May 29, 2019

by Team Snapbac

Compression clothing went from embarrassing, geriatric apparel to a necessity in every athlete’s wardrobe in a very short time, but many of us don’t really understand the benefits. Instead we trust our athletic heroes and teammates choosing to follow their lead. The truth is most research is very new and came about from the trend and marketing research, but the findings have supported the use of compression gear. As with most fan favorites, the truth falls somewhere in the middle and opting whether to add high-quality compression clothing to your training or race is a personal decision. If you purchase athletic support of any sort, you want the most result driven, performance enhancing gear available, and that costs money. It’s best to know what you need and why you need it before jumping in and experimenting.

Does compression gear help runners? Simple answer is yes, but it may not be in the ways you are expecting. Compression socks, tights and sleeves were originally designed to aid in blood flow, increasing circulation and improving oxygenation for people with vascular deficiencies. These are great benefits regardless of the state of your veins. Runners who are using compression also state that it cuts down on lactate in the muscles, improves recovery time, reduces muscle oscillation or movement which in turn conserves energy and reduces risk of injury, increases speed and endurance and decreases cramping and ankle edema. But does the research agree with the stated benefits?

When it comes to enhancing your aerobic threshold and increasing speed and endurance, this is tested through your VO2 max, or the maximum volume of oxygen you have to use at your peak levels of exertion. A recent study(1)(2) tested for the VO2 slow component and energy expenditure in runners using compression tights and shorts. Both showed significant improvement. When using compression clothing, there was a lower energy expenditure leaving your body more to use when and where you need it, and speed and endurance where both enhanced by lowering the VO2 slow component. If you love science, you understand this, but for the rest of us, this basically means yes. Compression gear will give us an edge whether training, running for fun or on the race track.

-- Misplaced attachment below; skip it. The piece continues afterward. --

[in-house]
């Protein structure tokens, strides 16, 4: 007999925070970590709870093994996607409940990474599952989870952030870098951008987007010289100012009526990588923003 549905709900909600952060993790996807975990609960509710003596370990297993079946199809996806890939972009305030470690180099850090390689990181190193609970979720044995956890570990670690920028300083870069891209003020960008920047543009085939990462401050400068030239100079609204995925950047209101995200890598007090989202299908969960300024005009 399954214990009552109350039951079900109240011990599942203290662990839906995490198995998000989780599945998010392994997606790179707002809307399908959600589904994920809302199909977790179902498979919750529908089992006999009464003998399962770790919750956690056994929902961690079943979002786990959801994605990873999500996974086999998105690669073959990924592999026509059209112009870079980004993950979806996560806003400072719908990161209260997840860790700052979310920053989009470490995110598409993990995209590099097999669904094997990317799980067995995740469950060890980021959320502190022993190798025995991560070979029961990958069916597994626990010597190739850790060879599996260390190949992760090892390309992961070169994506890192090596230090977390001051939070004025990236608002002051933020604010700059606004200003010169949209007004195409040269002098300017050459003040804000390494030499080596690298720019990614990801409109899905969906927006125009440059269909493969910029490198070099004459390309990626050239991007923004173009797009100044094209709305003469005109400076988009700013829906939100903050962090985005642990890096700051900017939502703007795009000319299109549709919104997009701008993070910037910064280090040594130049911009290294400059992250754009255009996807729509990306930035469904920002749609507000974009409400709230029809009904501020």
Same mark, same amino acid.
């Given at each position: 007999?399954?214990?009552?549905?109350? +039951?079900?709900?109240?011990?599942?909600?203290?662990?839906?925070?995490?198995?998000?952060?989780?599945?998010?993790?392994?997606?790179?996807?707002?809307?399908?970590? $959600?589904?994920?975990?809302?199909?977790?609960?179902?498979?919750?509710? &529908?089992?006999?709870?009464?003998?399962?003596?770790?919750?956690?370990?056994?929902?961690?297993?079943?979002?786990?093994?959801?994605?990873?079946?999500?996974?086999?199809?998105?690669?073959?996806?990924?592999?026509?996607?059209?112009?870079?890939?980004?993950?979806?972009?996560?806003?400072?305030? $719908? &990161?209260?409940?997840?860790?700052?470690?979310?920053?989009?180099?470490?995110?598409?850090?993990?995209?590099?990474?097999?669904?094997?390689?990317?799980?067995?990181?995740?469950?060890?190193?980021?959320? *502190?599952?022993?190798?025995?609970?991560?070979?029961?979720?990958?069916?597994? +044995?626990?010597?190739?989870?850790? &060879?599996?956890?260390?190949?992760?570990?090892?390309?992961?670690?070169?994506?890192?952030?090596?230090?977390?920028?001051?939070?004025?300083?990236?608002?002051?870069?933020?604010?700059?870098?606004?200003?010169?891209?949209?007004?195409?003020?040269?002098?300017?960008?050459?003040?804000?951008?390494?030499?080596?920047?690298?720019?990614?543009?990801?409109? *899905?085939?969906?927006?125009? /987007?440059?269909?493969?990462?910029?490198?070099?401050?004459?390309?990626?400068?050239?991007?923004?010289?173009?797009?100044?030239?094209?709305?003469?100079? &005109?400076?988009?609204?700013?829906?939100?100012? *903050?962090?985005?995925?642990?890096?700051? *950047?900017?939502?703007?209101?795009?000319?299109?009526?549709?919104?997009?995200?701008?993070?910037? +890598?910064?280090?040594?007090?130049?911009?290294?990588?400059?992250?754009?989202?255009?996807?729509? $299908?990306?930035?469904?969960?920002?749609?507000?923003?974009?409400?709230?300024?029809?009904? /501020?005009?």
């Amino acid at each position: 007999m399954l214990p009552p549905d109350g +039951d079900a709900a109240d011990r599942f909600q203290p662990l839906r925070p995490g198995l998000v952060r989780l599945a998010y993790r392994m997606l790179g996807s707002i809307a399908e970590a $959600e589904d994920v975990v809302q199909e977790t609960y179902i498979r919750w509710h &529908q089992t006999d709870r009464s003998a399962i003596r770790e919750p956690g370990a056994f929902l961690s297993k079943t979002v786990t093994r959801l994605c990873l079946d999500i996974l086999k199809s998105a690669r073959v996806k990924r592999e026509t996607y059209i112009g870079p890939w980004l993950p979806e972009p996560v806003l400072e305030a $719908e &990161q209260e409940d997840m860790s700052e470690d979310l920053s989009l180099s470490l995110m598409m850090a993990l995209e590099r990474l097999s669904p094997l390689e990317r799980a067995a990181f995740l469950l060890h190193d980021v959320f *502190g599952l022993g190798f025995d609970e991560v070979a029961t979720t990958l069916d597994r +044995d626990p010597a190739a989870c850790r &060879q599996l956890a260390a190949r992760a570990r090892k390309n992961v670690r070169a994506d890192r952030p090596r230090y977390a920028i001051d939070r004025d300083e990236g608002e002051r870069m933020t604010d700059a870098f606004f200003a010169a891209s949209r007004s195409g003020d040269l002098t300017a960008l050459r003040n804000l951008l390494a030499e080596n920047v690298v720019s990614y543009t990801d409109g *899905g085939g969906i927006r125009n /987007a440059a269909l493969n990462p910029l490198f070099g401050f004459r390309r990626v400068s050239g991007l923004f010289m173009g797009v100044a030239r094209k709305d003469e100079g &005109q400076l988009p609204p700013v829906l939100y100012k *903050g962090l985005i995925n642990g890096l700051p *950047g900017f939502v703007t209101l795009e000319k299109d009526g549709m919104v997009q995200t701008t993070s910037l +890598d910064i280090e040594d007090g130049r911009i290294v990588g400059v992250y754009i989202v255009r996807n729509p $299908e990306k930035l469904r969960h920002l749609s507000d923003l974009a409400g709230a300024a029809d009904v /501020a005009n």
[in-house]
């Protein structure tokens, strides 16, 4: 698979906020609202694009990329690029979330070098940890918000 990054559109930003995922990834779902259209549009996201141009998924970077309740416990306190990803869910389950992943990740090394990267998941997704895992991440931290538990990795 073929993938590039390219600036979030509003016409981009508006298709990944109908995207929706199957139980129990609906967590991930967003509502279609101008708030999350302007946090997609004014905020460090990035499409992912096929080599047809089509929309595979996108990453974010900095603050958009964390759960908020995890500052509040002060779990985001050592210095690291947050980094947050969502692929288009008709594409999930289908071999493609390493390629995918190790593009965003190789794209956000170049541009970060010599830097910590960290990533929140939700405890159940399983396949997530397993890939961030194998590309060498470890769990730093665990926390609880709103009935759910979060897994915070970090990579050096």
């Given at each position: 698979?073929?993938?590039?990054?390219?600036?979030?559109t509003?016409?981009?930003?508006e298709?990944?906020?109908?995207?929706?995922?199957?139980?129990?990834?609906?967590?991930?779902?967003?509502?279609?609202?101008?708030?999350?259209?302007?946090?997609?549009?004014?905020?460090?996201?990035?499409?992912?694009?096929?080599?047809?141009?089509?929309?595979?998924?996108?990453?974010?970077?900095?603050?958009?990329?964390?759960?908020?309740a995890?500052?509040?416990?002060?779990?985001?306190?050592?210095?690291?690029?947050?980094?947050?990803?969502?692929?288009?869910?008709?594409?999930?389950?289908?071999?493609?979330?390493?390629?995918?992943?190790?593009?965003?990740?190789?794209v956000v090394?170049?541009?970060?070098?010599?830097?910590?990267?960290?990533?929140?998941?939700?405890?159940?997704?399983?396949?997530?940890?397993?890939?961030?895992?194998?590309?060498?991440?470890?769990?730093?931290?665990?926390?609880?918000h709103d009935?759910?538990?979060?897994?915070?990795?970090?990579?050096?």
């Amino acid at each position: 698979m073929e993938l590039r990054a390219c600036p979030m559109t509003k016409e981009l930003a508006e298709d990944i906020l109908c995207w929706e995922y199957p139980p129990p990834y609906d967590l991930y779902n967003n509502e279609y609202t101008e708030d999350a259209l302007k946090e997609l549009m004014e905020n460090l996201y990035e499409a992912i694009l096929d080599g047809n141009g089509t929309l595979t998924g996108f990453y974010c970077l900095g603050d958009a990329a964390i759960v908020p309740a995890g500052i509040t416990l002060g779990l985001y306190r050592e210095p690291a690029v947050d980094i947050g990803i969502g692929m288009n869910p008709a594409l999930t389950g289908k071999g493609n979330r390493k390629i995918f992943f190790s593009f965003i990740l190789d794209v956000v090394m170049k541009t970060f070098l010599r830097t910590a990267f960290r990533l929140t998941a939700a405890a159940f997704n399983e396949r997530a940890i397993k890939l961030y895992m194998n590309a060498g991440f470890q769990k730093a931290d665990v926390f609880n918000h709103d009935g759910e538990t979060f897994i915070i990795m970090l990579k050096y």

As for lactate, that did not show a reduction when using compression gear primarily because you are experiencing a greater anaerobic respiration which allows you to run faster and longer, so chalk this one up to myth, but enjoy the benefits regardless.

Regarding a reduction in injuries and quicker recovery time, both answers are also yes. Injuries are reduced because of the restriction on muscle movement and forced body alignment, so when you start to experience fatigue, you still have an external support keeping you in form. Recovery time is not so straight forward. Tests(3)(4) have not shown any physiological markers for improvement, but it is nearly impossible for a test to show what an athlete feels. Each study confirmed that runners in compression gear felt less soreness and experienced a faster recovery than those who did not wear compression. We’ll take their word for it.